Korean Street Food You Need To Try in Seoul

When thinking of Korean food one might immediately think of Korean BBQ, a leisurely meal enjoyed with friends and soju, however, not all your meals in Seoul need to be this formal and slow-paced, if you are out and about, one of the best ways to fuel on the go is to do as Koreans do, and stop at one of the many Korean street foods stands.

Since there are no specific meals designated as breakfast, lunch, or dinner, Korean street food works for all times of day and offers a great variety of dishes, from savory snacks to sweet bites and even spicy small plates.

Here are some of the Korean street food dishes you need to try in Seoul:

Korean Street Food in Seoul

Dumplings pork and kimchi (Mandu)

If you found this blog post I’m sure you already know what dumplings are, but just in case, dumplings are little doughy pockets that are filled with some type of meat or vegetables—in South Korea, pork and kimchi seem to be the two most popular Mandu fillings.

These delicious savory bites can be enjoyed as either a midday snack, lunch, or dinner, and can be easily found throughout Seoul. One of my favorite dumpling stands is in the middle of the Myeongdong Night Market, which is one of the best things to do in Seoul, especially for foodies.

You cannot leave South Korea without trying this popular Korean street food dish!

Fish-shaped cakes with red bean paste (Bungeoppang)

Another Korean street food favorite is Bungeoppang, a fish-shaped bread that is traditionally filled with sweet red bean paste but can nowadays be found with Nutella, custard, or even cheese.

Bungeoppang is exclusively sold during the winter months since it makes the perfect pick-me-up snack while being out in the cold, and luckily you do not have to walk far to find it, this cute-looking bread is everywhere in Seoul, so make sure to give them a try if they are in season during your visit.

Chicken skewers (Dakkochi) snack

South Korean cuisine is heavily based on pork, and sometimes, for picky eaters like me, the pork can be a bit too fatty, luckily, good old chicken is readily available in the form of skewers, or Dakkochi.

This Korean street food dish is as simple as it sounds, chicken pieces on a stick grilled in front of you on a street stand.

The seller will ask for your preferred level of spiciness and then proceed to torch the skewers in front of you, if you need more flavor there are always a variety of sauces for you to add on top, and when you are done eating, there is a little bowl where you leave your empty wooden stick, no need to carry a pointy object around in your pocket.

Egg bread (Gyeranppang)

A straightforward Korean street food, egg bread or Gyeranppang is literally a small loaf of bread with one fried egg on top, some sellers will add sugar to the bread to turn it into a sweet snack but mostly it tends to be savory.

You can find these stands all around Seoul, but I feel like I mostly saw them close to metro exits where rushing students and businessmen would stop for a quick snack before continuing on with their day.

I feel like these would make a great breakfast option for people that are used to having eggs in the morning since it can be hard to find western breakfast food in Korea.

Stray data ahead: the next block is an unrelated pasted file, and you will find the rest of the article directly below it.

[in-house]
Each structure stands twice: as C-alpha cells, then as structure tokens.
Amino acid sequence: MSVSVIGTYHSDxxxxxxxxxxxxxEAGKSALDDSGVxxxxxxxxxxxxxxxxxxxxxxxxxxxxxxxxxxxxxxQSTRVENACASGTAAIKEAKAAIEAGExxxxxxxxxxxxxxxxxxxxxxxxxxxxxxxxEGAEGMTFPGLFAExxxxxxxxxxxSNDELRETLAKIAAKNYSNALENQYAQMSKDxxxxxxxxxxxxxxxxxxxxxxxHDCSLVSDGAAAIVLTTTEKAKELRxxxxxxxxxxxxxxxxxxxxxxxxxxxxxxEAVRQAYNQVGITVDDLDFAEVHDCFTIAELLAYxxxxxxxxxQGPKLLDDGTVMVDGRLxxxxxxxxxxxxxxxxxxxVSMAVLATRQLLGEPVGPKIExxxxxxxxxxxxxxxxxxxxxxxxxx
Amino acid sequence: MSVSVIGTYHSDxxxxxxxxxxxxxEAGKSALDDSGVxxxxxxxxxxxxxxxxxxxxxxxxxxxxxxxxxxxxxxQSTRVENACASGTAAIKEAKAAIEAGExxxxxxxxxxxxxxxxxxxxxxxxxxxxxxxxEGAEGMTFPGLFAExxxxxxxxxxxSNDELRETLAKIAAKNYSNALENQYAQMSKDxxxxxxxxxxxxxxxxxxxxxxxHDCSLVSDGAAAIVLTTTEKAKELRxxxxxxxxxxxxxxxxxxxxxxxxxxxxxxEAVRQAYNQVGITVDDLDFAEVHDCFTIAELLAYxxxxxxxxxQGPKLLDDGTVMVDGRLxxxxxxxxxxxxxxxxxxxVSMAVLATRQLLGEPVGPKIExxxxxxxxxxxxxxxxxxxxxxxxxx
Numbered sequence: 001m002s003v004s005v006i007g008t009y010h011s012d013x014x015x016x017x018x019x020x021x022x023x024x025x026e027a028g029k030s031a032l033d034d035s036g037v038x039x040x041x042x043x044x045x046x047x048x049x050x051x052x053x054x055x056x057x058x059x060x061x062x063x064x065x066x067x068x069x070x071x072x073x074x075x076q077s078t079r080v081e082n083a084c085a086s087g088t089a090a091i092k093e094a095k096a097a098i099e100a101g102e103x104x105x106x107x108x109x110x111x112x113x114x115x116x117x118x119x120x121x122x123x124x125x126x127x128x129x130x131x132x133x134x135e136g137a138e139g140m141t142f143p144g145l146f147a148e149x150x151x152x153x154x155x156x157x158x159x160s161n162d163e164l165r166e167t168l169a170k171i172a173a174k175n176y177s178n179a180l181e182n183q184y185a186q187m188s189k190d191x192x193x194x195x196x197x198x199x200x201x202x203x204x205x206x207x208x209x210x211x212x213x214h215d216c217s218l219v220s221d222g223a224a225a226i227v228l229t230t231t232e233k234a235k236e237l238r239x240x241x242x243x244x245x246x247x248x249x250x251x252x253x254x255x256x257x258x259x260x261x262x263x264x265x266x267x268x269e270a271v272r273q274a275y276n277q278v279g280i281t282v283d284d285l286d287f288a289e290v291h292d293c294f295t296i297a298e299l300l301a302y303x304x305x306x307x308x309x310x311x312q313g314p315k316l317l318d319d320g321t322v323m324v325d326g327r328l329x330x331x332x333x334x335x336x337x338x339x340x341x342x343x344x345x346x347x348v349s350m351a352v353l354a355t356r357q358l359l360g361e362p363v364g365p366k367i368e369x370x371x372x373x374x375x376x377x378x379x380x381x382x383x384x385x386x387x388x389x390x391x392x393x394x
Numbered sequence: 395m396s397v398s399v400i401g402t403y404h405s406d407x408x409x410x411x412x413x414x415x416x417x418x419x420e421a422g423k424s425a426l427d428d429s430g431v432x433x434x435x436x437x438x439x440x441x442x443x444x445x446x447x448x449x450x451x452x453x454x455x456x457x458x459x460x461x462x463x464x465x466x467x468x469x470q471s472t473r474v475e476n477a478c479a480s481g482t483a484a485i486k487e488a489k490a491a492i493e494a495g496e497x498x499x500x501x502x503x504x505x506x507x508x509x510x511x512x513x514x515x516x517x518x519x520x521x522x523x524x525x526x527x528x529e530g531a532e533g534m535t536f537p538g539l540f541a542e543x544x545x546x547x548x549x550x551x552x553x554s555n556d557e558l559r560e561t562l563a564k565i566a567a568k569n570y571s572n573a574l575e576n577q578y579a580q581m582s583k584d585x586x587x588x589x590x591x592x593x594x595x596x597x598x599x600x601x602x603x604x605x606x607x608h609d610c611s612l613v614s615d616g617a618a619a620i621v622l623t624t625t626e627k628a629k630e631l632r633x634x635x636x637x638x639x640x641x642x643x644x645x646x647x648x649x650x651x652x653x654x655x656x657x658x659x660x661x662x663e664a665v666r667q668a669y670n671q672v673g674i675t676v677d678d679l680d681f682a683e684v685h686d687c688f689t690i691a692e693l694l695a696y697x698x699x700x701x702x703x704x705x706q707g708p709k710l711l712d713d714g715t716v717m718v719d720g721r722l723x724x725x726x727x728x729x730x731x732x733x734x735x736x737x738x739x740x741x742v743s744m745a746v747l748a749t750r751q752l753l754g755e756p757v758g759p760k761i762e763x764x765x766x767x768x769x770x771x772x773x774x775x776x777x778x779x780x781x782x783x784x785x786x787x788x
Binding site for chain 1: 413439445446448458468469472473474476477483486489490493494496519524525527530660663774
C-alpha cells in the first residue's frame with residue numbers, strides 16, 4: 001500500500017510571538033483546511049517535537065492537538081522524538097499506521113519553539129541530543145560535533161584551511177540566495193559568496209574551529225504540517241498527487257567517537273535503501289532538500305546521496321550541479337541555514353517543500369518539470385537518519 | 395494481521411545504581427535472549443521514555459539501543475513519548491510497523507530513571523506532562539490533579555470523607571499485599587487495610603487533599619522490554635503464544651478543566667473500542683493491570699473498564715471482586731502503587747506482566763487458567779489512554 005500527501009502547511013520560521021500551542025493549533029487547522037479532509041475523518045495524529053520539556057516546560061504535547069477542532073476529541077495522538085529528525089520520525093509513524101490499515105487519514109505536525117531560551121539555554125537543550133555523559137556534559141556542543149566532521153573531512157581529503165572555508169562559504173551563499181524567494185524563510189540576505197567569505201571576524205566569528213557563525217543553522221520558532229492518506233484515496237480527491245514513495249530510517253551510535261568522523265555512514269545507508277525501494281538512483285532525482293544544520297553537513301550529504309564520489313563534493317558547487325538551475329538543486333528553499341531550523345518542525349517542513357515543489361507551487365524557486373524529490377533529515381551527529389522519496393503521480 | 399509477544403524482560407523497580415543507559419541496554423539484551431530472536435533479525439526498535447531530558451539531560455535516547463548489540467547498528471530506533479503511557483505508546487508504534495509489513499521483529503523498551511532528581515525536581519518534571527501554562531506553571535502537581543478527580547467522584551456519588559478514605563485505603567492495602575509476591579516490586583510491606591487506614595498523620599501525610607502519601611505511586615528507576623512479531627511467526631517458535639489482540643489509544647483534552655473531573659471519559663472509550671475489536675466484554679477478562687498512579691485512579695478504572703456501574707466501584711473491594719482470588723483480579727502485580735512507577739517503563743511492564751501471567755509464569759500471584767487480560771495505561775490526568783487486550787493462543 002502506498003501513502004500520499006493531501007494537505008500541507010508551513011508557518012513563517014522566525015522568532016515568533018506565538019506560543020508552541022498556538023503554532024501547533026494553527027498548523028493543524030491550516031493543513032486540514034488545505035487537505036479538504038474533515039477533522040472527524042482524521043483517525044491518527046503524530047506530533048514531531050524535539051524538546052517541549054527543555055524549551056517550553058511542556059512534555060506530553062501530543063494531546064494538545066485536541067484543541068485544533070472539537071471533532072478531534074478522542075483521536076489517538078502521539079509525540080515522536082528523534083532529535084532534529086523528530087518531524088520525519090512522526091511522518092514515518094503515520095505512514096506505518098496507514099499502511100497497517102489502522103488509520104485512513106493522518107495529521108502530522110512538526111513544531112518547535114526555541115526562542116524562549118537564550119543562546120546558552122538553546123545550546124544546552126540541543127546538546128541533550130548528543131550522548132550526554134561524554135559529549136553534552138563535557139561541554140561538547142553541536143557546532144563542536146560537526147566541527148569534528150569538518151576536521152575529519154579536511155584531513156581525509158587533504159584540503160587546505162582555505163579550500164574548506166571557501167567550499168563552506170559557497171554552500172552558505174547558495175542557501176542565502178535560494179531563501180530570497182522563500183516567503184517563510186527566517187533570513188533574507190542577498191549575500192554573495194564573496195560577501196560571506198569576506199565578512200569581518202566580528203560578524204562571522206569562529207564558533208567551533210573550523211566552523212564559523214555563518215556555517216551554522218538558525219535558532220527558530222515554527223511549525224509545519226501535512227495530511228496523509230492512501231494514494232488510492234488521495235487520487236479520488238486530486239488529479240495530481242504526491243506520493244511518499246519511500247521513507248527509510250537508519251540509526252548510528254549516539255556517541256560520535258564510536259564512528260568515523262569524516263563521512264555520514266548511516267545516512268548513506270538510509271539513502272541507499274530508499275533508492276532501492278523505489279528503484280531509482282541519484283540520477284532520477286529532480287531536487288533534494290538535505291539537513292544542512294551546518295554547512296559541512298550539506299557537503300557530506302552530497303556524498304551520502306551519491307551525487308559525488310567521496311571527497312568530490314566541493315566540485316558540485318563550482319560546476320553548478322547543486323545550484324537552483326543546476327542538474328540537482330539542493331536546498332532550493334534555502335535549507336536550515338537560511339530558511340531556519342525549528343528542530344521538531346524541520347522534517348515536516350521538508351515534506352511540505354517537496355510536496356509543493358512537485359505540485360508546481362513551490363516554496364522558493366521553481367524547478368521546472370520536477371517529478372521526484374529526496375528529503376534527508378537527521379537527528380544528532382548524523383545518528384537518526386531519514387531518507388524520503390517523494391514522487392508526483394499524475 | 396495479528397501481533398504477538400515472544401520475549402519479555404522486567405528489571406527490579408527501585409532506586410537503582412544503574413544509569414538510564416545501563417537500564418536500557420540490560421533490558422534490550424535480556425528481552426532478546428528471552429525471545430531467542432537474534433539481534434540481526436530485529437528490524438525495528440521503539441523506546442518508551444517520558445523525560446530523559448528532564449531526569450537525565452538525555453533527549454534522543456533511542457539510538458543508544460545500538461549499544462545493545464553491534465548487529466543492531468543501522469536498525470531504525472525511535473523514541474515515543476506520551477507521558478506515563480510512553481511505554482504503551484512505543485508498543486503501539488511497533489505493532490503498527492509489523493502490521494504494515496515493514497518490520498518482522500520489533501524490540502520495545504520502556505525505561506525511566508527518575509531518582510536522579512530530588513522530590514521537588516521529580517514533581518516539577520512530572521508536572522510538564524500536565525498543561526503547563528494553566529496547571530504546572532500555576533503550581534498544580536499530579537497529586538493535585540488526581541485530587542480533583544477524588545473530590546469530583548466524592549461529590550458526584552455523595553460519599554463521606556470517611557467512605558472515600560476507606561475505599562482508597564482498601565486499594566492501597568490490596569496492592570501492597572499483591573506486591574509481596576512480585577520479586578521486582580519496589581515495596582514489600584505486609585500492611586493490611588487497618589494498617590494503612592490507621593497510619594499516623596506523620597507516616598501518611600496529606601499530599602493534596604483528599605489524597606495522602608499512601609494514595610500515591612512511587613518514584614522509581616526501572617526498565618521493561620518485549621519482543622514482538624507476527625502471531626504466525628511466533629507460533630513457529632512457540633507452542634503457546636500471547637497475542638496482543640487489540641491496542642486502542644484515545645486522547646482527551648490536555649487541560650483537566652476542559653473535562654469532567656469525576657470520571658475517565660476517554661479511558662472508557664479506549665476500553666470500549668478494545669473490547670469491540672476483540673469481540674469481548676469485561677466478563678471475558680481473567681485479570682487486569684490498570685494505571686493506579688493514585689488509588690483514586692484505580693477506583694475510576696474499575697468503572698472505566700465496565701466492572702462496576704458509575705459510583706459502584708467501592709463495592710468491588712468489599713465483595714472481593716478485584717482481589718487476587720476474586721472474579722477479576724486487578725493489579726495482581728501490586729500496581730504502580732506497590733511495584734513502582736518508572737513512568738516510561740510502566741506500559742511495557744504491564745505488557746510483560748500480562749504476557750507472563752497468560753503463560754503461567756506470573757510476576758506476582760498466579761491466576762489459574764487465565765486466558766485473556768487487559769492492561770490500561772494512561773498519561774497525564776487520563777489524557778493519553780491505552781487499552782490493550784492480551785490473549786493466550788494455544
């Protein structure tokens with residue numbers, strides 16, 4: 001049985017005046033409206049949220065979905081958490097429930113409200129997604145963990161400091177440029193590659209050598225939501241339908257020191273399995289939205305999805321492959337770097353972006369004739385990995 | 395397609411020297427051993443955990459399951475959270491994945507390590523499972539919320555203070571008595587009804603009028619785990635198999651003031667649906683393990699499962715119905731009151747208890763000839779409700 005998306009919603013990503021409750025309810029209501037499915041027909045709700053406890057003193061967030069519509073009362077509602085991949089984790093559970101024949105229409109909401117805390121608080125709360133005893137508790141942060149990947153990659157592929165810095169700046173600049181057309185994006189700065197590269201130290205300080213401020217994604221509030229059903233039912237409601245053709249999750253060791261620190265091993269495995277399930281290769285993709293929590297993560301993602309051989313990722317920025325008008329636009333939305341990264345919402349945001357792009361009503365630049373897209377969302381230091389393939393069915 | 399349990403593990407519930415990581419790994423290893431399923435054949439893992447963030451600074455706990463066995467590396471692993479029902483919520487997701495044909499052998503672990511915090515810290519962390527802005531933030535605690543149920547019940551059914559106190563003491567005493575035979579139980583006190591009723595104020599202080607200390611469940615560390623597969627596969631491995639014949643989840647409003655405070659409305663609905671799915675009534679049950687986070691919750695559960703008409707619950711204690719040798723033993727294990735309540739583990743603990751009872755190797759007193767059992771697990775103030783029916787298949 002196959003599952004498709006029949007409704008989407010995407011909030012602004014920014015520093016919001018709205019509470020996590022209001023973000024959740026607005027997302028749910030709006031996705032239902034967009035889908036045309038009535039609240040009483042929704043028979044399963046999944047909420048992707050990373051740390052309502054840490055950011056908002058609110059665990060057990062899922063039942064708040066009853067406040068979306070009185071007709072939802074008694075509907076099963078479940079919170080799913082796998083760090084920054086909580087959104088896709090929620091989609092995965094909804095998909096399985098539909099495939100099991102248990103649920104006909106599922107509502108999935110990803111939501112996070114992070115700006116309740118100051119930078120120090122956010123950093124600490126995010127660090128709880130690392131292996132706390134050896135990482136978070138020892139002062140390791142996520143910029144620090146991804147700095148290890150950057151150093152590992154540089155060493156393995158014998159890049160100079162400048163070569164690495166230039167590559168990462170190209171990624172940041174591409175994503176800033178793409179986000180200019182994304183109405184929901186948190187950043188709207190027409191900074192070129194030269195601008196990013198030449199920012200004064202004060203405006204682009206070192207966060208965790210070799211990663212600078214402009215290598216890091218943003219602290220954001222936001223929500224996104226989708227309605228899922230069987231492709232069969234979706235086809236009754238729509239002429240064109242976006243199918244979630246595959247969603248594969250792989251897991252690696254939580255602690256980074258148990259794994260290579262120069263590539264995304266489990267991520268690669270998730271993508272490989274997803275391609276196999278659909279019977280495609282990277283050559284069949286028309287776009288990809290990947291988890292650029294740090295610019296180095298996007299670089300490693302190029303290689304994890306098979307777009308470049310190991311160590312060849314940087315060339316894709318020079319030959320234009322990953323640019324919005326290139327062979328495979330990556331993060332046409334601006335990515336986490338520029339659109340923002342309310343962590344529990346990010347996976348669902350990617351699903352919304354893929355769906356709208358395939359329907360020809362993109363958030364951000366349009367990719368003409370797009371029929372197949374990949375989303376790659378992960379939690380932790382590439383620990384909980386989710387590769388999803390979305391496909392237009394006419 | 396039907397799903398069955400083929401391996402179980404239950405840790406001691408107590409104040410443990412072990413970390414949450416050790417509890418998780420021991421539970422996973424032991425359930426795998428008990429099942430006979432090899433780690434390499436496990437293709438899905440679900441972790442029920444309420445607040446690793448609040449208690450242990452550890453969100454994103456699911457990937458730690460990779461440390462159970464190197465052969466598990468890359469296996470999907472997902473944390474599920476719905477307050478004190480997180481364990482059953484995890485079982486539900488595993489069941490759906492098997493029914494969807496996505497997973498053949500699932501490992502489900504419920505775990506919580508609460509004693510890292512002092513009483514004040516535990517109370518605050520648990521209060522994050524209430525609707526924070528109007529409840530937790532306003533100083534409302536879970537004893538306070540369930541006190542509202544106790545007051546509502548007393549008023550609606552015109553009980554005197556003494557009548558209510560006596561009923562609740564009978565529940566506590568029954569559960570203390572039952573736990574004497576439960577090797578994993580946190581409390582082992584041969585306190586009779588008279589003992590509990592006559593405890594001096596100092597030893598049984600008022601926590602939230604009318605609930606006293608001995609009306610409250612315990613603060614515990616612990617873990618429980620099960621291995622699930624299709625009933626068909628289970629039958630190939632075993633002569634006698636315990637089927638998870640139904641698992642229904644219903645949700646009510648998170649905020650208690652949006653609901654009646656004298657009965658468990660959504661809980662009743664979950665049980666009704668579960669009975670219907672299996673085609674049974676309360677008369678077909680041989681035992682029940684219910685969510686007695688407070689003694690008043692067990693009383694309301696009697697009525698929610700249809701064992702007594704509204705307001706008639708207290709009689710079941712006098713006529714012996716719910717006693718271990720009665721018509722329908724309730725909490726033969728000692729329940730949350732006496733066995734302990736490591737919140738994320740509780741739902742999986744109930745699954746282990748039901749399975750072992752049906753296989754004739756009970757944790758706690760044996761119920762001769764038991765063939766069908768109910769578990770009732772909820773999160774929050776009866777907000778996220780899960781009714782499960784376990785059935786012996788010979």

Samgak-Kimbap (Triangle kimbap)

Samgak-Kimbap has to be by far the Korean street food that I ate the most while in South Korea—possibly at least once per day—they are simple, light, and incredibly affordable.

Samgak Kimbap is a triangle kimbap, a small rice triangle wrapped in a seaweed sheet that can contain a variety of fillings, like egg, sausage, spicy meat, and my favorite, tuna mayonnaise.

These always saved the day when I needed to have something for lunch but didn’t have time to find a restaurant or didn’t want to sit down for a meal, I would just stop by a GS25 and grab one or two and keep going with my day, they are also great to take on day trips as emergency snacks.

Roasted chestnuts (Gunbam)

The smell of roasted chestnuts in the air can only mean one thing; colder days are coming.

Roasted chestnuts are a typical Korean street food that you will only be able to enjoy from late autumn, and through the winter months.

This sweet buttery snack makes the perfect on-the-go bite while exploring out in the cold under the twinkly festive lights in Seoul.


One of the most popular Korean street food dishes has to be the Kimbap.

To the western eye, the Kimbap would easily be confused with some type of sushi roll, however, they are entirely different, the preparation of the rice is different, and most importantly, the fillings, Kimbap doesn’t have raw seafood in them.

Kimbaps normally have some type of protein such as egg, some type of cooked meat, or cooked seafood, accompanied by a variety of vegetables all rolled up in seaweed, and if it helps to relate it to something, my Korean friend agreed that the Kimbap is the Korean equivalent to the sandwich, the perfect quick lunch option for the busy person.


Another tasty Korean street food dish that lures you in with just the smell is the delicious Hotteok, a crispy on the outside and fluffy on the inside kind of pancake that is filled with brown sugar, honey, and nuts. So basically, the perfect fix for a sweet tooth.

You will only be able to find this sweet snack over the winter months, luckily, I remember there were a few stands around the Bukchon Hanok Village, so make sure to pick one up while exploring the beautiful and snow-covered Hanok-lined streets.